Free Concert & Talk: Ola Belle Reed and Southern Mountain Music on the Mason-Dixon Line
Saturday, November 7th at 1:00pm
Open to the Public (Books Available for Signing)

 “A groundbreaking artist and one of the all-time greatest performers of authentic, old-time music.”

Please join us for a free concert with Hugh Campbell and David Reed, members of Ola Belle Reed’s family, celebrating the release of Ola Belle Reed and Southern Mountain Music on the Mason-Dixon Line, a two-CD/book from Dust-to-Digital. A presentation on the two-CD/ book will precede the concert, featuring authors:
Henry Glassie, College Professor Emeritus of Folklore, Indiana University
Clifford R. Murphy, NEA Director of Folk and Traditional Arts
Douglas Dowling Peach, Indiana University

Click Above to Hear “Undone In Sorrow” By Ola Belle Reed, Jun 17, 1976

Ola Belle Reed and Southern Mountain Music on the Mason-Dixon Line is the first in-depth look at the life of Ola Belle Reed, a groundbreaking artist and one of the all-time greatest performers of authentic, old-time music. Born to a musical family in the mountains of Ashe County, North Carolina, in 1913, Reed became a prolific songwriter and performer, known for her unique style of banjo playing and singing. Reed inspired many musicians throughout her life, eventually becoming one of the leading lights of the folk music revival and winning the prestigious National Heritage Fellowship; in 2015, 13 years after her death in 2002, her influence continues to reverberate.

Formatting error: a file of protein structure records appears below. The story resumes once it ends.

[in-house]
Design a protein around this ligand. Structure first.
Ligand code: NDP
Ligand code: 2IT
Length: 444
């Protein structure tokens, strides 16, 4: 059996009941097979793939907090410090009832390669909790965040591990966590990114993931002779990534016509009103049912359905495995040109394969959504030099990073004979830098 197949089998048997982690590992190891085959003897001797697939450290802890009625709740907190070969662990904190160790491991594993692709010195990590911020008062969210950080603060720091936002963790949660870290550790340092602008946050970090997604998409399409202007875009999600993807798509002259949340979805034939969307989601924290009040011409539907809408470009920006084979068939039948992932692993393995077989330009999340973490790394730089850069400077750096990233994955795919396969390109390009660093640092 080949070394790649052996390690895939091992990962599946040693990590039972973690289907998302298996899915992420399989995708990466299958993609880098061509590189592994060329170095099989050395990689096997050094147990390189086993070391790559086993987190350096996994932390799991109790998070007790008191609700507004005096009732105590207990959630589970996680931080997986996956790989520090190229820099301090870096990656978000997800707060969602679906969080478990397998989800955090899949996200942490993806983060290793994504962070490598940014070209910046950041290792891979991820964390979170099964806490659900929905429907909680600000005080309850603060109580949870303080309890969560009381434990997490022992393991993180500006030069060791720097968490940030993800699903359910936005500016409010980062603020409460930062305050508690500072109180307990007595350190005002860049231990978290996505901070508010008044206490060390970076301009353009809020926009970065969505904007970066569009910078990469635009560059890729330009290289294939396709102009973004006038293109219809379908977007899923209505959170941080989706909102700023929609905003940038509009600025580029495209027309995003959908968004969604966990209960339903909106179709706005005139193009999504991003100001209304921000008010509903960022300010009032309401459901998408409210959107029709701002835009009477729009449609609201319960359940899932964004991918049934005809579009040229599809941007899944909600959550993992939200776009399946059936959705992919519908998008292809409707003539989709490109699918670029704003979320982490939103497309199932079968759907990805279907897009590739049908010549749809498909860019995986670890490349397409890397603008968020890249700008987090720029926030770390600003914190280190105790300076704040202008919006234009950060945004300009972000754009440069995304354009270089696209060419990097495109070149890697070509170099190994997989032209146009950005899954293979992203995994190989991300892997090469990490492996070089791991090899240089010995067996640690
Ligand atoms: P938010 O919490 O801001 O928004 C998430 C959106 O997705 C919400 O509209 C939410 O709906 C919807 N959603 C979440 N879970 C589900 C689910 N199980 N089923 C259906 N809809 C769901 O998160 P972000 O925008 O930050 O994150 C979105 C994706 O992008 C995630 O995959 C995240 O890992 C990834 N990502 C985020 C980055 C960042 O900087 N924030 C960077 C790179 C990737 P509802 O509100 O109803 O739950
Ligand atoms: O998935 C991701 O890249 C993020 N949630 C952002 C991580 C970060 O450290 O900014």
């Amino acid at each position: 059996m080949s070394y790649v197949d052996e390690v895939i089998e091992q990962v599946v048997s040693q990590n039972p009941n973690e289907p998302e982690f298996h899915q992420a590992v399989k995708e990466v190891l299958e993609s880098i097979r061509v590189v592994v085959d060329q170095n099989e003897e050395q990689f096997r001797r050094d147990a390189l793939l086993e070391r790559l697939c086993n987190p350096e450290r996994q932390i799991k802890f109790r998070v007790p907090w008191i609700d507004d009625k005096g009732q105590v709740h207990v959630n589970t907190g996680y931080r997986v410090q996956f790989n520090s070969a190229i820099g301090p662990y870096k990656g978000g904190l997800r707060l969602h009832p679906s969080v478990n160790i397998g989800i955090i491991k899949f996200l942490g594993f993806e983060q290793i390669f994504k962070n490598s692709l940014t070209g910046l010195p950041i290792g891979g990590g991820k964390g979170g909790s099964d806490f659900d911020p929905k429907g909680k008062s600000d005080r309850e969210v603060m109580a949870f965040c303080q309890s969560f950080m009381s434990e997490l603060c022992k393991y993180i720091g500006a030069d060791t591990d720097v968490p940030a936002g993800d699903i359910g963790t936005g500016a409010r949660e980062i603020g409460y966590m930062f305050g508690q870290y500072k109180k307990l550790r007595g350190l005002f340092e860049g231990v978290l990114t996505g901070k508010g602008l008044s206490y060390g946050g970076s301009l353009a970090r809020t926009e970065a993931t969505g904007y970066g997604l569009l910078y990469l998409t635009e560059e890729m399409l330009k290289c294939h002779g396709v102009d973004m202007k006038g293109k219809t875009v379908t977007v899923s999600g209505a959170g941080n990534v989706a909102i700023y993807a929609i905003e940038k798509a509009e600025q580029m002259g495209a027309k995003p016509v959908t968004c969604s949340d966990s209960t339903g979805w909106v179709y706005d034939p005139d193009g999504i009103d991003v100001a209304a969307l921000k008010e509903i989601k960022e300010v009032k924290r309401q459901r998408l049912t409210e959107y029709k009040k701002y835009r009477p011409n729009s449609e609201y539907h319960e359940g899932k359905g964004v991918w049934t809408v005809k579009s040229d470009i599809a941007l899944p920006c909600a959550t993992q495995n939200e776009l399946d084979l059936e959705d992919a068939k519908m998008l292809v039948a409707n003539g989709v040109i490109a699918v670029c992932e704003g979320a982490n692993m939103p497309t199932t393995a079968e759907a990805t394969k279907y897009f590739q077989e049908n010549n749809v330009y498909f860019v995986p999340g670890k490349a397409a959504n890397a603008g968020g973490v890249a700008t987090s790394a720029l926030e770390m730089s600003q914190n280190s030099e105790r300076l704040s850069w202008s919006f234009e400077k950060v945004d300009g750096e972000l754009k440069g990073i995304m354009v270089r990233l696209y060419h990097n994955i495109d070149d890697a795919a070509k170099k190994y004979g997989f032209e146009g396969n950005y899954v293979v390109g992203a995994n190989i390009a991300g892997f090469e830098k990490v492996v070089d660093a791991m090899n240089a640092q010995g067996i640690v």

In January of 1966, folklore graduate student Henry Glassie made the first professional solo recordings of Ola Belle Reed, travelling from Philadelphia to the town of Oxford, Pennsylvania to see Reed, Alex Campbell, and the New River Boys and Girls play their exciting brand of Southern mountain music live, on the air, in the back of the Campbell’s Corner general store.

Over the next two years, Glassie — who went on to become one of the United States’ most celebrated folkorists, a distinguished professor, and a world-renowned scholar — recorded Reed’s extensive repertoire, while also chronicling the remarkable story of the migration of communities from the Blue Ridge Mountains toward the Mason-Dixon Line before WWII. In 2009, Maryland state folklorist Clifford Murphy struck out to discover whether this rich musical tradition still existed in the small Maryland, Delaware, and Pennsylvania towns where it once flourished. Murphy, amazed by what he encountered, began making audio recordings to document the descendants of Ola Belle Reed’s musical legacy. This first-ever release of Reed’s 1960s recordings, which were deposited in Indiana University Bloomington’s Archives of Traditional Music, is counterbalanced by a disc of Murphy’s recordings of Reed’s descendants and those within her Appalachian community whom she inspired.

This deluxe edition, presented as a 256-page hardcover book with two CDs of remastered recordings, highlights Reed’s deep repertoire — folk ballads, minstrel songs, country standards, and originals — and traces the impact that her music made and is still making today. This project is a co-production between Dust-to-Digital, Maryland State Arts Council, and Indiana University. Includes performances by Ola Belle Reed, Dave Reed, Alex Campbell, Hugh Campbell, Zane Campbell, Burton DeBusk, the DeBusk-Weaver Family, Burl Kilby, T.J. Lundy, John Miller, Danny Paisley, and Ryan Paisley.

Copies of the book will be on sale.